Humulene is a common cannabis terpene that’s predominant in hops. It’s also present in sage, clove, basil, black pepper, and ginseng, and carries a corresponding hoppy aroma. Research has indicated that humulene may be an effective topical anti-inflammatory and pain reliever in mice.
Linalool is found in rosewood, bergamot, coriander, rose, jasmine, and lavender. It carries a very pleasant floral aroma, and is often used in soaps and perfumes.
In addition to potentially reducing inflammation and inflammatory pain like several other terpenes, linalool has some unique potential health benefits. It’s been found to inhibit the growth of fungal infections outside the human body, particularly as they arise from the yeast infection candida. It also has anticonvulsant effects in seizure models as well as sedative properties.
Ocimene has a strong, sweet, herbal scent and a boiling point of 212 degrees Fahrenheit (100 Celsius). It’s found in a wide variety of plant life, including mint, mangoes, basil, and orchids. Omicene can act as an anti-inflammatory and may have antiviral and antifungal properties.
Nerolidol is characterized by a singularly woody aroma. It is used in a wide variety of cosmetic and cleaning products and has been studied for its potential as an antifungal, antioxidant, anti-microbial, and anti-inflammatory agent. Nerolidol may even help other drugs penetrate the skin for more effective topical delivery.
Bisabolol has a mild floral scent, making it a common ingredient in fragrances and cosmetics. Bisabolol has long been thought to heal the skin. Animal studies have shown that bisabolol may specifically reduce skin inflammation.
Guaiol is found in guaiacum and cypress pine. It has a quintessentially piney aroma. Guaiol has been identified as a potential antimicrobial in lab studies, as well as an inhibitor of lung cancer cell growth. Guaiol is also a central component of essential oils in Xylopia sericea fruits that have potential antibacterial and antioxidant properties.
The nose knows
Cannabis cultivated and cured to the highest standards typically exhibits a pungent yet pleasant aroma. Flowers emitting a strong fragrance are commonly referred to as “dank” or “loud.”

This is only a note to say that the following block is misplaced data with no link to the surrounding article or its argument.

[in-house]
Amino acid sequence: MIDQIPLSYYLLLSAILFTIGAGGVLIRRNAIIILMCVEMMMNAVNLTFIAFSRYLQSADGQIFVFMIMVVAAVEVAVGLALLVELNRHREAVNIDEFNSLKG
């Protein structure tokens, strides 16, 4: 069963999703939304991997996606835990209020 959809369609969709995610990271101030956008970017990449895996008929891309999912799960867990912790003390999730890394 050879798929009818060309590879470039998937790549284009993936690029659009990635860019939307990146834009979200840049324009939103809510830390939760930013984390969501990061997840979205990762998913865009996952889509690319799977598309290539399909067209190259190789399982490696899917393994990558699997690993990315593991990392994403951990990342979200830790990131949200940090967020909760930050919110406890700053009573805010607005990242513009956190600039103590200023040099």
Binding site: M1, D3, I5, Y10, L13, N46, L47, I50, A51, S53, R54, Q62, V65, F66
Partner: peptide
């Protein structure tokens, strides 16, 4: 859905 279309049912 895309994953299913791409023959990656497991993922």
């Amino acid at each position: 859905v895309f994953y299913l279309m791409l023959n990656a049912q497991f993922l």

Aroma and flavor are subjective, and different aromas will appeal to different people, but some of the most popular strains smell like skunk, diesel, and pine. Grassy is often used to describe the smell of low-quality flower, but a grassy aroma doesn’t necessarily denote poor quality. A distinct, pungent, and unmistakable aroma — regardless of its particular flavor — is evidence of terpenes hard at work within the cannabis plant.
Other terpene sources and how they compare to cannabis
Terpenes are the primary components of essential oils — aromatics responsible for a plant’s regeneration, oxygenation, and immunity defense. Essential oils, extracted from a variety of plants and foods, have been used for medicinal purposes for thousands of years.
There’s no recognizable difference, for example, between isolated caryophyllene from hops or from cannabis. However, there is a difference between the other compounds at play in cannabis. Further research is needed to know exactly how the effects of cannabis terpenes compare with terpenes from other sources. What we have discovered is that cannabis terpenes support other cannabis molecules in producing desired effects.
Where are terpenes found on the cannabis plant?
You’ve probably noticed the tiny glandular hairs that cover the surface of cannabis plants, giving them a crystal-like sheen and sticky feel. They’re called trichomes, and they’re responsible for terpene production in cannabis. Trichomes contain resin glands that make terpenes and cannabinoids such as tetrahydrocannabinolic acid (THCA) and cannabidiolic acid (CBDA), which turn into tetrahydrocannabinol (THC) and cannabidiol (CBD), respectively, when decarboxylated. In other words, almost everything a user wants from cannabis, including terpenes, are found in trichomes all over the plant’s surface.
Trichomes are tiny glandular hairs that cover the surface of cannabis plants, giving them a crystal-like sheen and sticky feel.Photo by: Gina Coleman/Weedmaps
Why does the plant produce terpenes?
Terpenes are created by plants to protect against herbivores, insects, and other environmental dangers. They’re also responsible for a plant’s regeneration and oxygenation. In light of these functions, it makes sense that some serve as potential immunity boosters in humans. It appears that terpenes may be providing immunity defenses in both the people who consume these aromatic compounds and the plants that produce them.
Content Source: Weedmaps